Back in the day it was super easy to choose wheel sizes because they only had one available and that was the 26inch size. Apart from a few weird outliers this was the size for many years.

Wheel size guide

Marketing genius, Gary Fisher, was one of the first people to start pushing 29 inch wheels. There were many others who tried their best to push 29inch wheels in the past but Gary was the first person to do so while quite a lot of successful movement because he was backed by the huge manufacturing, ordering and selling power of Trek Bicycles, who still make up a huge percentage of biking related sales to this day. However, it didn’t take long for many other cycling brands to also jump onto this trend after the few issues the 29 inch wheel had had been sorted out. 

In the beginning people were still a little sceptical about 29 inch wheels because they weren’t really the solution to all your problems and weren’t great for everything. The stigma that there could only be 26 inch wheels was broken once the 29inch wheels gained traction and became so popular. This led to other innovators reviving 27.5 inch wheels because they thought that these wheels would offer the best of both the worlds from 29 inch and 26 inch. 

Biking manufacturers saw how fast and how popular the 29inch wheels became when they were first introduced, so with 27.5 inch wheels most brands hopped onto this idea and supported it quite quickly. This wheel option did in fact become very popular and still is because it is ankle to fit so many different riding styles and even looked better and handled better. These wheels in fact, saw so much popularity so early that the 26 inch wheels almost became unheard of anymore. 

However, the 29inch wheels have gained back their popularity and now are considered the perfect wheels and are suitable for any type of riding except for styles like dirt jumping or riding on a pump track but in areas from tight and twisty XC courses to downhill they really excel.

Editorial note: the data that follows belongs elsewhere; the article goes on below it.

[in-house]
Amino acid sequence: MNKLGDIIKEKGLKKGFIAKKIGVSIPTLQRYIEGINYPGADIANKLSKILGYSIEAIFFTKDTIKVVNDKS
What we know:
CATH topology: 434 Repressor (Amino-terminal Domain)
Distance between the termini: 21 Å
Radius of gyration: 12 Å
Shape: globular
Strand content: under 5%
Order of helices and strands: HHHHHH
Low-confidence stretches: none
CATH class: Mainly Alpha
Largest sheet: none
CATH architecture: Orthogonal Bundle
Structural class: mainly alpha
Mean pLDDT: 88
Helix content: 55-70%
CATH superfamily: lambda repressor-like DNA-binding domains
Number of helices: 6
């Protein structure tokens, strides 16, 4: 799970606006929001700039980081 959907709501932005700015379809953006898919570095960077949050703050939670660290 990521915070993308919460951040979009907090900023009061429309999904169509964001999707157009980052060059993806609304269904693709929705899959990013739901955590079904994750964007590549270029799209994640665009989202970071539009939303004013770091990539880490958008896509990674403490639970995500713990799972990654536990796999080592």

There are major differences in riding feel and many different reasons for looking out for a 26 inch or 27.5 inch wheel still, so here are the differences. 

26in Wheels

26inch wheels

Although you may think that the 26inch wheels are these small old wheels that have been around for years there are still a lot of positives to choosing this wheel size.

The first and probably most obvious reason is that these wheels can be made a lot lighter than the bigger sizes. Since it’s lighter and has shorter spokes and smaller rimes it feels much more agile when you’re riding it and also allows for faster acceleration on smooth surfaces like on the street or cycling on a pump track or dirt jumps. 

Since these wheels don’t have such a large demand from riders, since they’re not really cut out for mountain biking, manufacturers are starting to cut down on their 26 inch wheel-specific products. There are still many riders that do prefer to ride with 26 inch wheels so don’t fear the industry is still catering for them for now. Even if they were to stop you still have a huge second-hand market with more than enough 26 inch products to choose from.

The smaller size that you get from having a 26 inch wheel allows you to be able to come at jumps at a steeper angle and also allows you to drop into holes with more control. If you take them into more rough conditions you will notice that they lose speed much faster than the bigger wheels do and they’re also much harder to control when steering through technical sections and are less grippy than the 27.5 or 29 inch wheels when they’re using the same tyres

27.5in Wheels

27.5in Wheels

The fact that 29in wheels had been introduced prior to this made it very easy for this one to also get accepted because the 29in had already broken down the wall that people believed there was only one type of wheel.

Since these wheels are smaller than the 29in wheels they feel like they are much faster because they accelerate quicker. The smaller wheels also allow you to throw around your bike easier and flick your wheel around without too much difficulty. 

Compared to the steering of a 29 inch wheel the 27.5 inch wheels are much faster when it comes to the turning of the wheel which makes it feel much more responsive for those technical trails where you need to react quickly to obstacles.